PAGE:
There are three docked space freighters at the International Space Station and two are scheduled to depart this month. The SpaceX Dragon commercial cargo craft is being loaded with research and gear for return and analysis back on Earth. The Canadarm2 will detach Dragon from the Harmony module then release it for a splashdown Feb. 10 off the Pacific Coast of Baja California.
Europe’s Automated Transfer Vehicle-5 (ATV-5) is being packed with trash and discarded gear and being readied for its departure Feb. 14. It will deorbit over the Pacific Ocean for a fiery destruction. This is Europe’s last ATV resupply mission to the space station.
A new ISS Progress 58 space freighter is scheduled for a six-hour flight to the station when it launches from the Baikonur Cosmodrome in Kazakhstan Feb. 17. It will occupy the same Zvezda docking port where the ATV-5 is located now.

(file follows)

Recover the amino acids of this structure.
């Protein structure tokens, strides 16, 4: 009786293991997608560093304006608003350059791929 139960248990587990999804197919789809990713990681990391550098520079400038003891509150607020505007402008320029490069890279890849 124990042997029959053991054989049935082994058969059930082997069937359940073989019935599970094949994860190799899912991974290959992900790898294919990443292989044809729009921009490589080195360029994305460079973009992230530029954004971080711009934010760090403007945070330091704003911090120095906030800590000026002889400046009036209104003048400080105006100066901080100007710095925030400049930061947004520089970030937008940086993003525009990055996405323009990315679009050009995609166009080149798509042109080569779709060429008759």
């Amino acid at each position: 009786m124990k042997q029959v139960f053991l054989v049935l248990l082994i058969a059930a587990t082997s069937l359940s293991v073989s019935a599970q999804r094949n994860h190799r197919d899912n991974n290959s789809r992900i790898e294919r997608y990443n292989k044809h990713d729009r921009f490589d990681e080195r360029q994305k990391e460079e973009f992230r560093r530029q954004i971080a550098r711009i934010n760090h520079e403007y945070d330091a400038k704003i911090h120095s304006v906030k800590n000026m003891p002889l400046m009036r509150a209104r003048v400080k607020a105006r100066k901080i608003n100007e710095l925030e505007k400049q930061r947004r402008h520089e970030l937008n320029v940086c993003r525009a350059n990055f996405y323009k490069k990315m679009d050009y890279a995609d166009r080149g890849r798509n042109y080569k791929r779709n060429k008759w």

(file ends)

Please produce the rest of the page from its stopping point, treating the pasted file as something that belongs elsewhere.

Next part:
Meanwhile, Commander Barry Wilmore and Italian astronaut Samantha Cristoforetti worked high-flying plumbing and maintenance on the International Space Station. Wilmore also prepared heater cables that will be installed on an upcoming spacewalk. Flight Engineer Terry Virts processed samples for a materials science experiment and removed hardware from the Commercial Generic Bioprocessing Apparatus which is used to study cells, microbes and plants.
A pair of docked space freighters is being loaded in preparation for next month’s departure activities. The ISS Progress 57 (57P) resupply ship is being packed with trash and discarded gear for a fiery disposal over the Pacific Ocean. The SpaceX Dragon commercial cargo craft is being loaded with experiment samples, spacesuit gear and other hardware to be returned to Earth when the ship splashes down off the Pacific coast of Baja California.